President’s Column: Four Years in a Moment
The experience of high office doesn’t always match the expectation. Maybe it’s because anticipation is all about what you are going to accomplish or change, but the reality has more to do with the daily context of your work. My agenda when I became Hadassah’s national president consisted of goals—like enhancing Hadassah’s leadership in Israel and the Jewish world, continuing to build the Sarah Wetsman Davidson Hospital Tower in Jerusalem and bringing our spending in line with our income.
But as my term draws to a close, I realize that the context—the strength and talent of the women around me, the support I felt every day from all of you—has been just as important. It was the incredible Hadassah network that allowed me to face the organization’s biggest financial crisis in 70 years and reach this day with Hadassah in a position of strength.
Hadassah saves lives, educates people and brings us together every day. We say this all the time, and it’s true. But these past few years we have faced extraordinary challenges that not only demanded our attention but also threatened to overshadow the great work of our institutions. To cite just the most obvious changes, we cut expenditures on our projects and restructured our national organization. In a series of wrenching decisions, we laid off a large percentage of our staff. In all, we cut $60 million from our budget.
I have spoken many times to Hadassah groups about the tough choices we’ve had to make during this period. I wasn’t afraid of making hard decisions, but I sometimes worried that the women around me would take my description of the challenges as a complaint, or at least a sign that I have not loved being Hadassah’s president. Nothing could be further from the truth.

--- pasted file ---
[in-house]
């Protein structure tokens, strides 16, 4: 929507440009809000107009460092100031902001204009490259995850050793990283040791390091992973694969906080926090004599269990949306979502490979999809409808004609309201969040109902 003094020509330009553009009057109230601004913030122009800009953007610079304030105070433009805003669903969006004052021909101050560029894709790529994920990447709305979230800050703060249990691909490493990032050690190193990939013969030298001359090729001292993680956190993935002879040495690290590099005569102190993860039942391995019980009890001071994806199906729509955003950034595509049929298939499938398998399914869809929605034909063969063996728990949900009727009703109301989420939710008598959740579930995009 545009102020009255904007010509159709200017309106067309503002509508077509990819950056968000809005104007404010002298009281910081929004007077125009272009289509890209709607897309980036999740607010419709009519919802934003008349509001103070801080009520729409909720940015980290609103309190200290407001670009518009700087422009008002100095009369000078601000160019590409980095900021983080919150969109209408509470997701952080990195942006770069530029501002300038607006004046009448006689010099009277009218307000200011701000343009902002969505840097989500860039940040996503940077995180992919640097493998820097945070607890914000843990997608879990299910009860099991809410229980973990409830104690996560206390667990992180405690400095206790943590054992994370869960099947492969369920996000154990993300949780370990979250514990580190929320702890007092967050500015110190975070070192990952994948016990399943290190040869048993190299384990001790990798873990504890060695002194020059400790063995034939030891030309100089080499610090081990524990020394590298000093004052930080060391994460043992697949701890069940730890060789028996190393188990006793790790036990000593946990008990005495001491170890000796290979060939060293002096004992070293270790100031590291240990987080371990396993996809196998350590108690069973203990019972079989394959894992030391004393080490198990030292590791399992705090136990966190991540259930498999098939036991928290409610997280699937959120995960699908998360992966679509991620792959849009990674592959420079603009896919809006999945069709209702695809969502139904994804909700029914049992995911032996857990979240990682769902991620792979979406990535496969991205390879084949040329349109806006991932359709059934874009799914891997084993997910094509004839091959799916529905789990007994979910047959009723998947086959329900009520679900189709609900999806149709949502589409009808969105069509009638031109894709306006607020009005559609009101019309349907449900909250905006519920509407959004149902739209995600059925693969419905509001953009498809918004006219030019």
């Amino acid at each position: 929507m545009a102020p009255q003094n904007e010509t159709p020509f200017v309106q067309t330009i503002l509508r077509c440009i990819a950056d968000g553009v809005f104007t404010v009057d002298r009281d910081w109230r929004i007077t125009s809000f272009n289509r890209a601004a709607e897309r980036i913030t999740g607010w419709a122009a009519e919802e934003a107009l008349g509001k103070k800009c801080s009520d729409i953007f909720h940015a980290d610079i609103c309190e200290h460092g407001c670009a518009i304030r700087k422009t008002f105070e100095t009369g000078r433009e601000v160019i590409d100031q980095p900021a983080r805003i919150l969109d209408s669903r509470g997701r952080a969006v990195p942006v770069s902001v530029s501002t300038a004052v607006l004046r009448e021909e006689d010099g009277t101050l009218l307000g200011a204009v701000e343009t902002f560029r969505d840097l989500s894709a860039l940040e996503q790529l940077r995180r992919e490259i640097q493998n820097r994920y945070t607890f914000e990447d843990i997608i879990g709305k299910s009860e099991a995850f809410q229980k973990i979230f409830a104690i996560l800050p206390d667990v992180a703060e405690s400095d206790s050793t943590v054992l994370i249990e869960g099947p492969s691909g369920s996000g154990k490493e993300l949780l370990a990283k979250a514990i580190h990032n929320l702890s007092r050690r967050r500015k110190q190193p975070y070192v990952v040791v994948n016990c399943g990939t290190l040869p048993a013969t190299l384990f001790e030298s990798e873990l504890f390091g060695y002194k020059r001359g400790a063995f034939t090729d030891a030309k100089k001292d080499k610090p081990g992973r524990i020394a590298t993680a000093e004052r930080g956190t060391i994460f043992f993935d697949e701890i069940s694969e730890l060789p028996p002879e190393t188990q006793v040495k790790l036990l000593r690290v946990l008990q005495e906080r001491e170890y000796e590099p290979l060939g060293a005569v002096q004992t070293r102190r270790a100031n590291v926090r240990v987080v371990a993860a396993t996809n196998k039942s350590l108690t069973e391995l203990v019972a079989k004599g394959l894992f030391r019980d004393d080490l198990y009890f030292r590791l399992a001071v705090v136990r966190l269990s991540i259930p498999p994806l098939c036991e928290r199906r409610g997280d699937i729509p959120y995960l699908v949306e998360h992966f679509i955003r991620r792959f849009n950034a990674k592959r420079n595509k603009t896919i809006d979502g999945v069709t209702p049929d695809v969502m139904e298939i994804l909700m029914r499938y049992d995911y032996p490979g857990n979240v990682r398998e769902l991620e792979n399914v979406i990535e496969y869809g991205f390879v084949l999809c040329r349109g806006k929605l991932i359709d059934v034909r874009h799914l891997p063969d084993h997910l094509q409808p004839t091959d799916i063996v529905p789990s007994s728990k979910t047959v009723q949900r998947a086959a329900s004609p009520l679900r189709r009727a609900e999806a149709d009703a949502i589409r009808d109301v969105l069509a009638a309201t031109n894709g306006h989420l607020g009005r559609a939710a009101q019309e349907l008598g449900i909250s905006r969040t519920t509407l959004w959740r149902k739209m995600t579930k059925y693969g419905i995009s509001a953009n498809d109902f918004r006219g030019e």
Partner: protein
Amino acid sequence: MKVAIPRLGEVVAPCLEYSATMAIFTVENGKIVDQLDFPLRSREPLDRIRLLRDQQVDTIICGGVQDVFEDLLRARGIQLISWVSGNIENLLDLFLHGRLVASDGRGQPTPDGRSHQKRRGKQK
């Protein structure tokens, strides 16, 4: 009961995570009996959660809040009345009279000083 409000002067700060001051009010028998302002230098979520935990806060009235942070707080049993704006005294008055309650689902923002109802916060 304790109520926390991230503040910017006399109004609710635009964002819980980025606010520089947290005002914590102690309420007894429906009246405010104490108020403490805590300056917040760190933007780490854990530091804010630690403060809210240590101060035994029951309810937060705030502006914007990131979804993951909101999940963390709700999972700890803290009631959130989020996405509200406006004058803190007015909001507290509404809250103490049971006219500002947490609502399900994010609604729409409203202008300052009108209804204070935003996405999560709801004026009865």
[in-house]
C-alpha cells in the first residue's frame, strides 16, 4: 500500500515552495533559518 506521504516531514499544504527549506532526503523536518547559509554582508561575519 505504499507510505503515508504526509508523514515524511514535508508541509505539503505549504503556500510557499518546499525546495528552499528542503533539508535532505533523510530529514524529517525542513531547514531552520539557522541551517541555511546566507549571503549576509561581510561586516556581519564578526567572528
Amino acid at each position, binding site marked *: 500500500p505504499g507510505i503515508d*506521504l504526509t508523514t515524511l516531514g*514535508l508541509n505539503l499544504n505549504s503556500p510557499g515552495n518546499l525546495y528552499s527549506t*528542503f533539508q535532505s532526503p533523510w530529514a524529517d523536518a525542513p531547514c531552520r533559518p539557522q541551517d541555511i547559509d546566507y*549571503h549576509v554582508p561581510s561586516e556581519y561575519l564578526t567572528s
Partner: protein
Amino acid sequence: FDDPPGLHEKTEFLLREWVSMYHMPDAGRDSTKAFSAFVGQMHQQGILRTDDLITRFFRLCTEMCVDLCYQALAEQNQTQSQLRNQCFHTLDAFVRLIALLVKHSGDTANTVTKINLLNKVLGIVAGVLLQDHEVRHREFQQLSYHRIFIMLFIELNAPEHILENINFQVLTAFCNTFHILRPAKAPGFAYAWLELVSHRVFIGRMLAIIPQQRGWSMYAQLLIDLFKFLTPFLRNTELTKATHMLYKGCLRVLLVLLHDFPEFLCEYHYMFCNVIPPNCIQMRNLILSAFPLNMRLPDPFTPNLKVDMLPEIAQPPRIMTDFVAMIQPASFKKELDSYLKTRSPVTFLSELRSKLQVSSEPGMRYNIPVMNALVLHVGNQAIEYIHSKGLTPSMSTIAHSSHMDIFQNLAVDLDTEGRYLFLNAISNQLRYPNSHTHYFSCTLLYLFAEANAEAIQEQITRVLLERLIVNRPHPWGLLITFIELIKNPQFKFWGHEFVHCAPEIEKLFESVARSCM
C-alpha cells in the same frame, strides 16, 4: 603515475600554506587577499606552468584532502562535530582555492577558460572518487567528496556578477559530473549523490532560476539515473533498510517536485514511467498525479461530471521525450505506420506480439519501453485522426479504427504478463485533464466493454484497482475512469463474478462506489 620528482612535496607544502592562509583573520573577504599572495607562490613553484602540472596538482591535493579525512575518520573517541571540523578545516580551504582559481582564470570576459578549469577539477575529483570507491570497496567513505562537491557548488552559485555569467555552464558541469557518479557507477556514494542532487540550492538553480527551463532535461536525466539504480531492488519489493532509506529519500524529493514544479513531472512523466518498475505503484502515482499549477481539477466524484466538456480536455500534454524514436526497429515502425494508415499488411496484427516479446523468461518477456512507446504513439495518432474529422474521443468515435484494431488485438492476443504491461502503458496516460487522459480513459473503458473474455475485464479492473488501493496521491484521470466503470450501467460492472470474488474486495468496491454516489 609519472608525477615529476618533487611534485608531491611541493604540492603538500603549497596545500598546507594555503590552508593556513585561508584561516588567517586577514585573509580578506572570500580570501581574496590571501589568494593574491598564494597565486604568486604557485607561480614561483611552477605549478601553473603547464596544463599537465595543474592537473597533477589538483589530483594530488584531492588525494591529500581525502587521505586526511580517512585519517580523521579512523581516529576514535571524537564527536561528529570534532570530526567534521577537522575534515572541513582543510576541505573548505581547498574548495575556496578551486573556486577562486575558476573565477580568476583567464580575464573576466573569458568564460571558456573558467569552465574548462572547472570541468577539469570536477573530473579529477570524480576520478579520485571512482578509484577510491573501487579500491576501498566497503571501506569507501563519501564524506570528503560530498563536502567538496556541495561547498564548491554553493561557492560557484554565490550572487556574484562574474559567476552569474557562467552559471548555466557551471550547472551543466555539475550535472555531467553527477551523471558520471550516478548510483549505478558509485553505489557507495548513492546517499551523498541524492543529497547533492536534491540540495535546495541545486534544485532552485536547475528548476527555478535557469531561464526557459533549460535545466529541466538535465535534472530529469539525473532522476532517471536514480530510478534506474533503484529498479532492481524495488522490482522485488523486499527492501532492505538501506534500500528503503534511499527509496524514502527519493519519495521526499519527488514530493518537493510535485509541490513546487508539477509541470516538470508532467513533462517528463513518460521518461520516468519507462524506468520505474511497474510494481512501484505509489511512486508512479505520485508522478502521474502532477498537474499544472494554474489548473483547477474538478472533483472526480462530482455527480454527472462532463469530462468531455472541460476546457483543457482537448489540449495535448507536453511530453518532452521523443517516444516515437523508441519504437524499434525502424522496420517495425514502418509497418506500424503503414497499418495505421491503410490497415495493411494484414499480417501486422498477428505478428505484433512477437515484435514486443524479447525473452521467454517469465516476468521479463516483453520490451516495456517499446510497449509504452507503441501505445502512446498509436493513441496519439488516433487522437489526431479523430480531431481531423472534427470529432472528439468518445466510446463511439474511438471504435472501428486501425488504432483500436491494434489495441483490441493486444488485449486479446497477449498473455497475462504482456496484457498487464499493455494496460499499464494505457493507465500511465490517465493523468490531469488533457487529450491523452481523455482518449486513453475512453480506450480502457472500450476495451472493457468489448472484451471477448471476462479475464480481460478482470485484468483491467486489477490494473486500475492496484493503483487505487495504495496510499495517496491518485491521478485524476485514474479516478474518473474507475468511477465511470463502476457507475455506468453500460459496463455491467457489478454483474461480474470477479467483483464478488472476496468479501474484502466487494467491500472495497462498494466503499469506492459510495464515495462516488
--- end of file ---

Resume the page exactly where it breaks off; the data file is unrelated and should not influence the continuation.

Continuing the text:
My experience as president is captured by a poem called “An Answered Prayer.” I have seen many versions, but my favorite is by Ariela Jaffe. Here is an excerpt:
I asked for strength, and God gave me difficulties to make me strong.
I asked for wisdom, and God gave me problems to learn to solve.
I asked for courage, and God gave me dangers to overcome.
I asked for love, and God gave me people to help.
I asked for favors, and God gave me opportunities.
I received nothing I wanted. I received everything I needed.
Serving as your president has been humbling, but also inspiring. For every heart-rending decision, I have found enormous rewards.
Every time I visit our hospitals or schools, every time I meet with a group of Young Judaeans, I am reminded of how many people we touch. Every time I tour the construction site of the new hospital tower, every time I meet with new members or new chapter and region presidents, I renew my confidence in Hadassah’s future.
One key indicator of Hadassah’s dynamism is our ability to attract talented people. Marcie Natan, our incoming national president, is a leader of extraordinary ability and vision. Dr. Ehud Kokia, the newly appointed director-general of the Hadassah Medical Center, represents the best of Israeli medicine. With Hadassah’s future in such hands, I am confident we will continue to flourish.
I am Hadassah’s 24th national president, and I’m quite sure that every one of my predecessors felt as if her term passed quickly. As my tenure comes to an end, I feel like my office in Hadassah House was more like a microwave, from which I am emerging after what seems like moments.
Despite the speed of these past four years, I have learned many lessons. But just as important is what I have relearned. More than anything, being president reminded me that the greatest strength of this organization is the Hadassah volunteer. That’s something that I’ll always be.
My thanks to you all.